How To Make Elote / Mexican Street Corn (Recipe)

Easy and everything you need at Trader Joe’s

If you’ve been in a Trader Joe’s you’ve probably seen that word – ELOTE – all over the store. TJ’s has a bit of an obsession with Elote. Just in case you don’t know what Elote is, “Elote corn” is a typical Mexican street food, being corn on the cob sprinkled with spices and cheese, served from street vendors carts. In Mexico City there are probably as many Elote carts as we have hot dog carts in NYC.

Elote corn is delicious, slathered with mayo, lime juice, dusted with chile powder and sprinkled with Mexican Cotija cheese. MEXICAN STREET CORN is not hard to make yourself, and conveniently, you can get everything you need at TJ’s. I just made some a few days ago with some really fresh corn and it was so yummy I thought I would share how to make it. You need: Fresh corn on the cob, Everything but the ELOTE SEASONING, CHILE LIME seasoning, some mayonnaise, fresh lime, and Cotija cheese (like a Mexican parmesan). As far as mayo, TJ’s Chile Lime Mayo might work great or Suzi’s Organic Mayo.

SHOPPING LIST: fresh corn, Everything But The ELOTE SEASONING blend, Mexican Cotija cheese (or Parmesan), Lime, Mayonnaise (Chile Lime Mayo?), optional, CHILE LIME seasoning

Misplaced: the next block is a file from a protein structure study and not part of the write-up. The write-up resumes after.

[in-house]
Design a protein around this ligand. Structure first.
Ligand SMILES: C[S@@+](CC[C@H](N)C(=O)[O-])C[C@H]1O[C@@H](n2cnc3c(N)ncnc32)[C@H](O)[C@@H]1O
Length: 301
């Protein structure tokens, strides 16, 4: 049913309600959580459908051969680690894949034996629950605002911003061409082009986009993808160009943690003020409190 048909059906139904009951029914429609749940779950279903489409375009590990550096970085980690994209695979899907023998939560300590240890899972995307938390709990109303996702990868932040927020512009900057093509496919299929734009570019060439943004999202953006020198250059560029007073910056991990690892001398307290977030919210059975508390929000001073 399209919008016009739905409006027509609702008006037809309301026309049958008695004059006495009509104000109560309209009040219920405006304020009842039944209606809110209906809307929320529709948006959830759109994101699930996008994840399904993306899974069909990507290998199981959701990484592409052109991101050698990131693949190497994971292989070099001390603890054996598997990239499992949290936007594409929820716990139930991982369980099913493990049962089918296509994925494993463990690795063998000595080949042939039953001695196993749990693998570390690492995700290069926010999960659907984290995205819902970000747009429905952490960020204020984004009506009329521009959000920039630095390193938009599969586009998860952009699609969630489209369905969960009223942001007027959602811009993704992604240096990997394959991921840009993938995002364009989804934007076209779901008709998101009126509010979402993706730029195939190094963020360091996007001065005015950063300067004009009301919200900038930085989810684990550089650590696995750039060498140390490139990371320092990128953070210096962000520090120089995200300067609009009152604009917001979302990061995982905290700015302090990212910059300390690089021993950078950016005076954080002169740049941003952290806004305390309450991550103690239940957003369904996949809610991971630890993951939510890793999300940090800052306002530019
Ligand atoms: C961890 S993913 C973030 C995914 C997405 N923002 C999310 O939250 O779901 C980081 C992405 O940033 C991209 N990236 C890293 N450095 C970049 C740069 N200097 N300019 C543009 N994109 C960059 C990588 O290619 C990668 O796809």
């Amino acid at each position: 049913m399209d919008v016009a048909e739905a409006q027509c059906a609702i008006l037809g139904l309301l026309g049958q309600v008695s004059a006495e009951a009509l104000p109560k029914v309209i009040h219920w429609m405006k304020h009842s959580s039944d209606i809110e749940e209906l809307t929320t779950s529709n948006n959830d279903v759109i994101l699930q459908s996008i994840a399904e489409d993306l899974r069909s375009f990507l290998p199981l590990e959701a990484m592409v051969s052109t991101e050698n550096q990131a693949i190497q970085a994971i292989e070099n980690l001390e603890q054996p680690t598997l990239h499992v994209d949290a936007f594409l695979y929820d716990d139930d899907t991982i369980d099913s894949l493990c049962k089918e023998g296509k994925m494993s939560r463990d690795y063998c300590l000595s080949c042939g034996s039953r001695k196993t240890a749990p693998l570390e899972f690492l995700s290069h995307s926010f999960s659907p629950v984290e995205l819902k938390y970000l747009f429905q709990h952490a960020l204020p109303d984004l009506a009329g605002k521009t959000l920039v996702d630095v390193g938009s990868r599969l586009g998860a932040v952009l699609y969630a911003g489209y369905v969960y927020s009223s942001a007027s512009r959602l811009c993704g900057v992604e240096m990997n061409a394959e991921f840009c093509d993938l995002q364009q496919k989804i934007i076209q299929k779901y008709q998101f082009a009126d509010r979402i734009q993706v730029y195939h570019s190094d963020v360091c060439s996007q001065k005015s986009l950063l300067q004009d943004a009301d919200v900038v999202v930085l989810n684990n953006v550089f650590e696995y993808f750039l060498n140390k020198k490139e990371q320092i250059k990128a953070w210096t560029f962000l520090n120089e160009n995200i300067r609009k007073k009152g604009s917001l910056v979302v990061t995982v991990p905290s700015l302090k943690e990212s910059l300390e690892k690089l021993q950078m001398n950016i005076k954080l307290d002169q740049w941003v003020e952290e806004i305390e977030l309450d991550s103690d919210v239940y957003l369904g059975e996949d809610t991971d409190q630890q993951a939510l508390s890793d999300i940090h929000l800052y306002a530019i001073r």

If you can grill the corn, great, but steamed corn is fine. Cook the corn. When done, hold it with tongs (or spear on a chopstick) or just put it on some foil. Slather some mayo all over with a spatula (mayo is authentic but if mayo turns you off, just use butter). Next sprinkle on a generous amount of Everything But The ELOTE Seasoning all over. Next sprinkle a good amount of grated TJ COTIJA cheese (or Parm or Asiago). A squeeze of fresh lime. OPTIONALLY; if you want even more spice add TJ’s CHILE LIME Seasoning blend an/or a little hot sauce of your choosing. Done! Enjoy!

Does Trader Joe’s have an ELOTE obsession?

Watch how fast this Elote vendor is !


TJ’s Organic Corn Chip Dippers


We know Trader Joe’s carries a ton of all kinds of chips. These are one of my favorites out of all of them. So why are these corn chips are so good? I think a big reason is they only have 3 ingredients! They list : organic yellow corn, organic sunflower oil, sea salt. That’s it. They must be using the best organic corn they can find, these chips have a super tasty corn flavor. These chips are both thick and a bit curved. They’re thick enough to stand up to any dip you put them in, such as guacamole, salsa or what have you. Even on their own with nothing on them, they still taste fantastic. They have been $1.99 (forever) but I bought them last week and I got yet another case of TJ inflation sticker shock to see TJ raised the price of these. They’re now $2.29.

Match the plain corn chips with CHIPOTLE BLACK BEAN DIP – an excellent combo

Beside this plain version, TJ has a spicy variation, the delicious “Organic Elote Corn Chip Dippers” (Elote aka Mexican street corn flavor) which is an amazing chip, those are loaded and I do mean loaded, with spices; these cost a little more than the plain version, Elote chips are now $2.69 (also up 20 cents). The Elote chips are excellent and pretty spicy. Personally I love them with, among other things, cottage cheese or Greek yogurt, in other words something plain as they bring plenty of spices on their own.